The best part about it though – perhaps even better than Mitt – were the incredible views. We had the bridge bearing down from one side and a panoramic view of Manhattan, emcompassing the Empire State Building and the Chysler Building, from the balcony. The sights were amazing at every time of day, from the golden light just after sunrise (hi jetlag) to the dusky sunset. I didn’t really think I was a views type of person – I’ve always preferred ground floor flats in London – but I really miss it.
Oh yeah, the apartment also had a rooftop terrace for extra amazingness, though we didn’t have time to use it much.
The location of the apartment was great for exploring Williamsburg and further afield. We had loads of amazing things in the neighbourhood from superb foody joints to cool bars and shops – I’ll write separately about all those next. It was only a few stops on the subway into Manhattan (mostly ahem, for fabric shopping, which I’ve written up on my sewing blog) but we also did the trip via the East River Ferry.
The boat was an awesome way to see the Manhattan riverfront from a different angle and only four bucks. We caught it downtown to DUMBO as well for another day out. More to show soon!
Lomography got in touch to offer me a review product, which I could then give away to one of you lovely readers. Rather than pick a camera I was rather more intrigued by their Smartphone Film Scanner…
This nifty gadget lets you scan 35mm films directly into your phone just using the phone’s camera, so they’re ready to share immediately. The adaptable device works with any iPhone and most Android phones, and you can scan regular 35mm, panoramic, or Lomokino films.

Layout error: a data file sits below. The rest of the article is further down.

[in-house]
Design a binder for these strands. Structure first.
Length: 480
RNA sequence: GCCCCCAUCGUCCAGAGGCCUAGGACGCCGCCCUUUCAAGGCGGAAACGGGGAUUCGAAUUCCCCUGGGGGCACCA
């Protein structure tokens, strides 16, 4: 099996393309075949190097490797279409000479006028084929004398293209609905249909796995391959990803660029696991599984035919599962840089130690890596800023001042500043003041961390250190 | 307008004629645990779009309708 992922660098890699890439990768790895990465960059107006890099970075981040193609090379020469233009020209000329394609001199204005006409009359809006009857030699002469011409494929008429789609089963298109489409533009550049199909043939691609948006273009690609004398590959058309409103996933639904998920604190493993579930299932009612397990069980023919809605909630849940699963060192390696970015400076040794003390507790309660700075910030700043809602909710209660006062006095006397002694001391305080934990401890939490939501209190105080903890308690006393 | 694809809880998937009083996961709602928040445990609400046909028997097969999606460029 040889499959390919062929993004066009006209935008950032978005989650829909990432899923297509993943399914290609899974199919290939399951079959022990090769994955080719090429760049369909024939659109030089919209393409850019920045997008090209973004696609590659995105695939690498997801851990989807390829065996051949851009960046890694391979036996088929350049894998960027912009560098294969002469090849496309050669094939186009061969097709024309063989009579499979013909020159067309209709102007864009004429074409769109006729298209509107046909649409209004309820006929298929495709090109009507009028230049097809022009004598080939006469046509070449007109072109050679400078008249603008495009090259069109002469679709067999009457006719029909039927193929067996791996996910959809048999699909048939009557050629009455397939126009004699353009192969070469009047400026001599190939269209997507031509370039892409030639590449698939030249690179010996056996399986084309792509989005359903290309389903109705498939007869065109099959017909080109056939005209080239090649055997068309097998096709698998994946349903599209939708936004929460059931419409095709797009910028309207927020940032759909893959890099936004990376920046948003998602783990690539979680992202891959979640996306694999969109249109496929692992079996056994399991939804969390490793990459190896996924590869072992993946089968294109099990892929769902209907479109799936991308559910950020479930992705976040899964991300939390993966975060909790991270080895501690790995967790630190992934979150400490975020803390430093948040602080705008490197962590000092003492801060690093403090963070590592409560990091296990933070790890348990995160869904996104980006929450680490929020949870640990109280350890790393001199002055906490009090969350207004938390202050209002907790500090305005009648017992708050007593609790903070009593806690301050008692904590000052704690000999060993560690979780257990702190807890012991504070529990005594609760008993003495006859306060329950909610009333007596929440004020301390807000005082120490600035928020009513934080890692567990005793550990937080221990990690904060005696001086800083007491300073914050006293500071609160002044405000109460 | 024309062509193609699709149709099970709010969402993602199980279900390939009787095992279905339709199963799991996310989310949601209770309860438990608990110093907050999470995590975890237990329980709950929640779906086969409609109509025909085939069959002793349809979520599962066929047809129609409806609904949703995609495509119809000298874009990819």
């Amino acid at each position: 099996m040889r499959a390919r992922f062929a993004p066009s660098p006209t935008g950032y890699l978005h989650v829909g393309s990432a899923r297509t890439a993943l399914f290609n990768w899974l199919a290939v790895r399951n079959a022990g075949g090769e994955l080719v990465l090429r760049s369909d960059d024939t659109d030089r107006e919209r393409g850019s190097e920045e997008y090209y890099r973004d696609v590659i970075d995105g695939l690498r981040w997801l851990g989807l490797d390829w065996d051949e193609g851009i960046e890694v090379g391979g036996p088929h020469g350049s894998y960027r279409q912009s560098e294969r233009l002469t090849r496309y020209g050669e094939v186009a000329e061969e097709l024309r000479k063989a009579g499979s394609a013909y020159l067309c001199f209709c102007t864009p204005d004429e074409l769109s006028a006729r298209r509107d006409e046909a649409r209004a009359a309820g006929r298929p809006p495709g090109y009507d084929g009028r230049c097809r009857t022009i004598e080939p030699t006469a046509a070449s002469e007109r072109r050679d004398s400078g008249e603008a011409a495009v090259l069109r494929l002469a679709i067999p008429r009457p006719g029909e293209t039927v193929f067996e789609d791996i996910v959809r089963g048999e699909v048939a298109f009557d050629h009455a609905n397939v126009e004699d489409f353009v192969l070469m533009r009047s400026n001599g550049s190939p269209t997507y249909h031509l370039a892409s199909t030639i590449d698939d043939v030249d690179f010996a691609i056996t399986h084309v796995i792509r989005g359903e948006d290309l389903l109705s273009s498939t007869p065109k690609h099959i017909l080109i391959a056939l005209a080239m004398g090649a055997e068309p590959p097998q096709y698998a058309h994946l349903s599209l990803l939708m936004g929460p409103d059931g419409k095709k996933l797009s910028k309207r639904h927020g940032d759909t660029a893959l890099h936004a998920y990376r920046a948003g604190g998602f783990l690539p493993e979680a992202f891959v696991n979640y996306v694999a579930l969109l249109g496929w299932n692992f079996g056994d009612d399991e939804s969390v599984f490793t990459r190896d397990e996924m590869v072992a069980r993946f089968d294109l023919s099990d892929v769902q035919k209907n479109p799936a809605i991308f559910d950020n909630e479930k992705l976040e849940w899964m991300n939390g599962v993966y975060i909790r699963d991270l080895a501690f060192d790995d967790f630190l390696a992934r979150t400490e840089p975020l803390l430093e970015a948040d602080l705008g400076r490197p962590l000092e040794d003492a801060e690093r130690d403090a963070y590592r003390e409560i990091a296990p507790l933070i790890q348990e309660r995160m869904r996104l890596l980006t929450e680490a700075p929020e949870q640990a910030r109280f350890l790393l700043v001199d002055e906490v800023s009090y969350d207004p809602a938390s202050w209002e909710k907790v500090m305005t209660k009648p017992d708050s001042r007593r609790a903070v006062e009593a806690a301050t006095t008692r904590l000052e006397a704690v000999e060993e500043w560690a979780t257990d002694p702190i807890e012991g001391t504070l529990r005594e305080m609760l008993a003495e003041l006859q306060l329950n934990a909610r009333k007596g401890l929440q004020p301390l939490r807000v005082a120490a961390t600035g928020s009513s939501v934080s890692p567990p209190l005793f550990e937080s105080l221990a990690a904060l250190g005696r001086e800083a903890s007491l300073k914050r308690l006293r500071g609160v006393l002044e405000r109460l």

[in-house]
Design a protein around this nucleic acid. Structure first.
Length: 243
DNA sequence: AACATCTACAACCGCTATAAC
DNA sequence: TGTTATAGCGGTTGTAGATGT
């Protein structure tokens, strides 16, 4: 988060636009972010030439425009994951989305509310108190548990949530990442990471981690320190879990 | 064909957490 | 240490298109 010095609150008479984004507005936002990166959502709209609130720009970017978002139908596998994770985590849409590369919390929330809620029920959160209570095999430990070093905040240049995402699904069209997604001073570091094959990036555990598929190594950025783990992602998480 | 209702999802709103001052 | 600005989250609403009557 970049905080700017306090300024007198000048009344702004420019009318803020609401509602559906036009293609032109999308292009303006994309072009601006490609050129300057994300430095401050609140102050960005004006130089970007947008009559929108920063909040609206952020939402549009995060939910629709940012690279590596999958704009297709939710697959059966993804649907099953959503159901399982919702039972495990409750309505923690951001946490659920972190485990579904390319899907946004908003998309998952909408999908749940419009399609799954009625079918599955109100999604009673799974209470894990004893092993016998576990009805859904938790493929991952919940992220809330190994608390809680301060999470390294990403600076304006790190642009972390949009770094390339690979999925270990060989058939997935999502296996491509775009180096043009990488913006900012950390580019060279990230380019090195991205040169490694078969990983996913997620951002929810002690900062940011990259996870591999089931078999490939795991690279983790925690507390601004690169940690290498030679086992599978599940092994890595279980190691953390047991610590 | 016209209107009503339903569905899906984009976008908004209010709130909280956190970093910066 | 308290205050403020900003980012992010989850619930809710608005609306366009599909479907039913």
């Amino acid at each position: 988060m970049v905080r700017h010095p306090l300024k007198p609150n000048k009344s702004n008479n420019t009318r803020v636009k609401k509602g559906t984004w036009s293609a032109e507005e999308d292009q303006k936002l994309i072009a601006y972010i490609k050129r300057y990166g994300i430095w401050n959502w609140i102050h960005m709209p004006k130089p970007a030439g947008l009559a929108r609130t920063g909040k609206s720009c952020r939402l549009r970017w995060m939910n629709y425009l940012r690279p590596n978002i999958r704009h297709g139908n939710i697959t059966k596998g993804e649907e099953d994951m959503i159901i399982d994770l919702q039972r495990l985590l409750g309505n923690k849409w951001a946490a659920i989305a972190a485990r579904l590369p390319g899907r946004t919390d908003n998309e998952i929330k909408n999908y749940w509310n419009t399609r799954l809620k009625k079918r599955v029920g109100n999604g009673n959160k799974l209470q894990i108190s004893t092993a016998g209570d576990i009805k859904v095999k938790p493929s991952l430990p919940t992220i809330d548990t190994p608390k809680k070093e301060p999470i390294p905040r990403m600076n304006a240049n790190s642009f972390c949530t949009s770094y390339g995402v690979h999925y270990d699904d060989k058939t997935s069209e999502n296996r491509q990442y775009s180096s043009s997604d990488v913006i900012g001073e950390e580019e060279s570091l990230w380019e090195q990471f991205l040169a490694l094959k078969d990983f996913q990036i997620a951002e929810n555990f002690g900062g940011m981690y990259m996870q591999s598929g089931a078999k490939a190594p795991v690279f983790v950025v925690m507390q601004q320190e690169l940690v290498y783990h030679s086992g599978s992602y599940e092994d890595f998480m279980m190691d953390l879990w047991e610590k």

It’s extremely easy to use. Just feed the film into the bottom and load your phone onto the clamp at the top. Turn the dial to advance the film, snap, and repeat. There’s something quite magical about being able to view your photos this way and ‘release’ them from the negatives so quickly. It works particularly well with iOS7’s super new camera improvements.
These were taken straight off my phone with no editing:
You can also take the photos with a digital camera instead of the smartphone, for a higher res scan. These were taken with my camera through the device, again with no editing:
Competition now closed, thanks to all who entered and to Lomography for the prize
Dalston House is a new temporary art installation by Leandro Elrich in association with the Barbican Centre. It’s right by Dalston Junction station, a short walk from my house, so my sister and I jaunted down there the other day.
The mind-bending installation is a perfect replica of a period house facade, laid out on the ground with a huge mirror set at a 45-degree angle above it. So when you view it straight on it appears that the house is standing upright on the street. Then of course you can have all sorts of fun with seemingly gravity-defying poses, all from the safety of the ground.